Male breast cancer: a disease distinct from female breast cancer
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Male breast cancer (BC) is rare, representing approximately 1% of cancers that occur in men and approximately 1% of all BCs worldwide. Because male BC is rare, not much is known about the disease, and treatment recommendations are typically extrapolated from data available from clinical trials enrolling female BC patients.
We review the epidemiology, risk factors, prognosis, and the varied molecular and clinicopathologic features that characterize male BC. In addition, we summarize the available data for the use of systemic therapy in the treatment of male BC and explore the ongoing development of targeted therapeutic agents for the treatment of this subgroup of BCs.
There are important biological differences between male and female BC. Male BC is almost exclusively hormone receptor positive (+), including the androgen receptor (AR), and is associated with an increased prevalence of BRCA2 germline mutations, especially in men with increased risk for developing high-risk BC. Additional research is warranted to better characterize male BC. To accomplish this, a multi-national consortium approach, such as the International Male Breast Cancer Program, is needed in response to the scarcity of patients. This approach allows the pooling of information from a large number of men with BC and the creation of registries for future therapeutic-focused clinical trials.
Given the unique biology of BC in men, promising new therapeutic targets are currently under investigation, including the use of poly-ADP-ribose polymerase inhibitors or AR-targeted agents either as monotherapy or in combination with other agents.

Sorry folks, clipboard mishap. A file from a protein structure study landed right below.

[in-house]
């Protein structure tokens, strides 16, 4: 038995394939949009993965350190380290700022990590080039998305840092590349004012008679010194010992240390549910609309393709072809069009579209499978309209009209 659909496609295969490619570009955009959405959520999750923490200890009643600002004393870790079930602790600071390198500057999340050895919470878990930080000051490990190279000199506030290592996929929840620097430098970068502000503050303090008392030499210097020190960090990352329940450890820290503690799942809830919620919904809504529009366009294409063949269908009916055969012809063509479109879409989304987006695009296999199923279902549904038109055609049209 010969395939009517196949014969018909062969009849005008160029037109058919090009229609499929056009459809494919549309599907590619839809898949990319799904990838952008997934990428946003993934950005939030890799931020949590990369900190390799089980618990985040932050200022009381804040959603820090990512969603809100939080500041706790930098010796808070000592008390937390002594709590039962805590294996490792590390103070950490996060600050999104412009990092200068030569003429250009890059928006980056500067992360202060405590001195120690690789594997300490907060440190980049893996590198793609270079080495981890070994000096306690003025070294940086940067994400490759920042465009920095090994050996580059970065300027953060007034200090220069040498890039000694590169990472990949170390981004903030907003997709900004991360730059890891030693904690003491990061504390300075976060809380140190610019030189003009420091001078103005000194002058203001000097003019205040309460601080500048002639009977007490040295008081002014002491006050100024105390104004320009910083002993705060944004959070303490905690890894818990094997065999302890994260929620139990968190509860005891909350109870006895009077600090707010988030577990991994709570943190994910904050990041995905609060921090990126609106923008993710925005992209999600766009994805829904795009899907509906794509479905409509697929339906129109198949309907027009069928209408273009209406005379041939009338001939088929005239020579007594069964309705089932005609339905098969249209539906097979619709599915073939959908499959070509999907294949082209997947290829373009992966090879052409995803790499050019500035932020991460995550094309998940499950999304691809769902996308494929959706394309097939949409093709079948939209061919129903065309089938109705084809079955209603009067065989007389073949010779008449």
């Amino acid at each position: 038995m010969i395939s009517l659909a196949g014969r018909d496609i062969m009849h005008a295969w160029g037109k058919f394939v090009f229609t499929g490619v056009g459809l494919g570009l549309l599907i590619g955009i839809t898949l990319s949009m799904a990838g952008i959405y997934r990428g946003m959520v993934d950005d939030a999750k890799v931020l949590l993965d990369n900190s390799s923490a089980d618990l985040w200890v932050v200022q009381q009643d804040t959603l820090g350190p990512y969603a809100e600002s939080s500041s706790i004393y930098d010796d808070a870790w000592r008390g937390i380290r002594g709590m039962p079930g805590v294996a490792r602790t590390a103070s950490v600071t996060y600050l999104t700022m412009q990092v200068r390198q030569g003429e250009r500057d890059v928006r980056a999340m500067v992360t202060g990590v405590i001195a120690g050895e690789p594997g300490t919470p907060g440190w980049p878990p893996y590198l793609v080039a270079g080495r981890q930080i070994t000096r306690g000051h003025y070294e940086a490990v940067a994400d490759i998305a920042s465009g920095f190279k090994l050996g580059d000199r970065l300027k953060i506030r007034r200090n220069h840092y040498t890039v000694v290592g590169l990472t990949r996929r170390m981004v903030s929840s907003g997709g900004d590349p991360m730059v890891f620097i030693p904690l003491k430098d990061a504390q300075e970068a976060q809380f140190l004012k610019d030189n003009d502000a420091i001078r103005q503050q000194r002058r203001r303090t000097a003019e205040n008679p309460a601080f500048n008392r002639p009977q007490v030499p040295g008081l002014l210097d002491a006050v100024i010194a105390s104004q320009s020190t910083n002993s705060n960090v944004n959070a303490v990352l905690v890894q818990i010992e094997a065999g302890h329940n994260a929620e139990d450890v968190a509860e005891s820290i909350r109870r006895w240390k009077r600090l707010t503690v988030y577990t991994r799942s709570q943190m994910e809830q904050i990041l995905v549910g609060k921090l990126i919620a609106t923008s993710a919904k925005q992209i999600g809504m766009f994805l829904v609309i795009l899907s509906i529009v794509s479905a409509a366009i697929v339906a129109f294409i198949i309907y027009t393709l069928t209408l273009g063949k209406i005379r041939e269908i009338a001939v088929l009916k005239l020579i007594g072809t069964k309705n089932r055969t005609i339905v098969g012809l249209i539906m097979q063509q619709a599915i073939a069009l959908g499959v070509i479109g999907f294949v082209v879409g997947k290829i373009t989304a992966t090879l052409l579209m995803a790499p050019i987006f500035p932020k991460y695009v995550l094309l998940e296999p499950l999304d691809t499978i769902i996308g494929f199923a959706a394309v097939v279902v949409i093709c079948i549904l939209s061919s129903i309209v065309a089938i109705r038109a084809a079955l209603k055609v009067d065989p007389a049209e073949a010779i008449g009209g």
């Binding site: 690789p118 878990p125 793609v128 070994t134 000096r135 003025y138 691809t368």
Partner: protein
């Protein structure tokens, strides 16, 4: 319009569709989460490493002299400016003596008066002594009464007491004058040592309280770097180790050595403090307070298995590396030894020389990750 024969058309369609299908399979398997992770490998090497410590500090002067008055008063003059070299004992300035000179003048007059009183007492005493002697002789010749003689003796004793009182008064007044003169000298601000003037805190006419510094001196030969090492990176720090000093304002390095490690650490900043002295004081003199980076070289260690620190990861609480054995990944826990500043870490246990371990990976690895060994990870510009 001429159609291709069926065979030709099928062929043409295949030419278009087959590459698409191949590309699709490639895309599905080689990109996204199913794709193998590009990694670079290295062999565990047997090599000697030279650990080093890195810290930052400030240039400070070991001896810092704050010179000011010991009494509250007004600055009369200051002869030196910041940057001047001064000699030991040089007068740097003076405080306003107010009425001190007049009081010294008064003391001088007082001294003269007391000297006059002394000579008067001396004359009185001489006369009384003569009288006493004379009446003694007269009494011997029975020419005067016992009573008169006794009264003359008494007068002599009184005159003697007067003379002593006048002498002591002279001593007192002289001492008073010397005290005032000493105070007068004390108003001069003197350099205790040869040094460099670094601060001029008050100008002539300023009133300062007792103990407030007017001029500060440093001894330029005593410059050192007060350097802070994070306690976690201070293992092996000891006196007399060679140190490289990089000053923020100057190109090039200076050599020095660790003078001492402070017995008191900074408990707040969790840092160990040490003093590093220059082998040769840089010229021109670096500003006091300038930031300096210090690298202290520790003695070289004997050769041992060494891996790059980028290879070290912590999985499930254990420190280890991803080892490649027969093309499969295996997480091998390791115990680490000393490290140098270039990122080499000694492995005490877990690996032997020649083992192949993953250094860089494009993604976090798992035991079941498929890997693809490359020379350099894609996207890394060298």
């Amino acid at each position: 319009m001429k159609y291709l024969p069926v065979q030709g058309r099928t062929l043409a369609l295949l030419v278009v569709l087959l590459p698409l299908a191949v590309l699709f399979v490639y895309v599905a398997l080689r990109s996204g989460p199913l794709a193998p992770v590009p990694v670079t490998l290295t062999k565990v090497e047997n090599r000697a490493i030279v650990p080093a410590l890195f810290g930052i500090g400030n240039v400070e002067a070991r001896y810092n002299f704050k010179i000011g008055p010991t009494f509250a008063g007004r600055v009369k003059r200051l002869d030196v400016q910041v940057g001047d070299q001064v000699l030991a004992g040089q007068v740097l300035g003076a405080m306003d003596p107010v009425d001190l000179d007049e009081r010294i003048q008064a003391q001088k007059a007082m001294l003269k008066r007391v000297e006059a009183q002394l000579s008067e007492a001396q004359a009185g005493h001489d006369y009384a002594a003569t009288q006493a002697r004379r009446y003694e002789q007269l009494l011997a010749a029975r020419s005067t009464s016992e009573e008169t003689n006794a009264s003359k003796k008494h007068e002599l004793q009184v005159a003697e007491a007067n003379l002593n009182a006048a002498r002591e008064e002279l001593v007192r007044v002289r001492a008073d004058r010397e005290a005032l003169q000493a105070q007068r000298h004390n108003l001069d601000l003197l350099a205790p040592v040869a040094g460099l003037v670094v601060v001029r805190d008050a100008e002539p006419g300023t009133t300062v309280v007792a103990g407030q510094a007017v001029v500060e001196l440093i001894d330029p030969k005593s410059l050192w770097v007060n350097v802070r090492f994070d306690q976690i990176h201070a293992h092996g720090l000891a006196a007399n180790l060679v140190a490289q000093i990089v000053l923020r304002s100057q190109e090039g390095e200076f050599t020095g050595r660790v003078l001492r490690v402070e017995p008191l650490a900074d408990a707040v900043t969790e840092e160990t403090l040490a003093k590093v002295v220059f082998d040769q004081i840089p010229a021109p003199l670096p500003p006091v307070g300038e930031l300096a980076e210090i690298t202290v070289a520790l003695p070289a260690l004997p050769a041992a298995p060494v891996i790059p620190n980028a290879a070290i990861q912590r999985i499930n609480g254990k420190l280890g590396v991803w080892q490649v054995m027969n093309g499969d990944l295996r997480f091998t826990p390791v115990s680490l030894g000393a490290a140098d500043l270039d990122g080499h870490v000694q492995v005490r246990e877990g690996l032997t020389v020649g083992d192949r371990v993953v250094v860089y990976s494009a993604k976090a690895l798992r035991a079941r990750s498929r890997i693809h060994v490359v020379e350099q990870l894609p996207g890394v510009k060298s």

KeywordsMale breast cancer Androgen receptor Biomarkers Anti-androgen Endocrine therapy Androgen and estrogen biosynthesis inhibition
The authors thank Kelly Kilibarda, PhD and Elise Eller, PhD of Whitsell Innovations, Inc., Chapel Hill, NC, USA for providing medical writing support, which was funded by Innocrin Pharmaceuticals Inc., Durham, North Carolina, USA, in accordance with Good Publication Practice (GPP3) guidelines (http://www.ismpp.org/gpp3).
Compliance with ethical standards
Conflict of interest
Ayca Gucalp receives salary support to conduct clinical trials from Innocrin Pharmaceuticals, Pfizer, Novartis, and Merck. She also received an honorarium for participating on an advisory board for Pfizer. Tiffany A. Traina is a compensated Seviteronel Breast Cancer Steering Committee member (Innocrin Pharmaceuticals) and receives research support from Innocrin Pharmaceuticals for trials of seviteronel. Joel R. Eisner and Edwina S. Baskin-Bey declare that they are employed by and have stock ownership in Innocrin Pharmaceuticals. Joel S. Parker is a compensated advisor to Innocrin Pharmaceuticals and author of the PAM50 patent and related patents for Nanostring Technologies, Inc. Ben H. Park has ownership interest and is a paid member of the scientific advisory board of Loxo Oncology and is a paid consultant for Foundation Medicine, Inc.; Jackson Laboratories; Casdin Capital; and Roche. Under separate licensing agreements between Horizon Discovery, Ltd and The Johns Hopkins University, Ben H. Park is entitled to a share of royalties received by the university on sales of products. The terms of this arrangement are managed by The Johns Hopkins University in accordance with its conflict of interest policies. Fatima Cardoso serves on advisory boards for Amgen, Astellas/Medivation, AstraZeneca, Celgene, Daiichi-Sankyo, Eisai, GE Oncology, Genentech, GlaxoSmithKline, Macrogenics, Merck-Sharp, Merus BV, Mylan, Mundipharma, Novartis, Pfizer, Pierre-Fabre, Roche, Sanofi, Seattle-Genetics, and Teva. All other authors declare that they have no potential conflict of interest.
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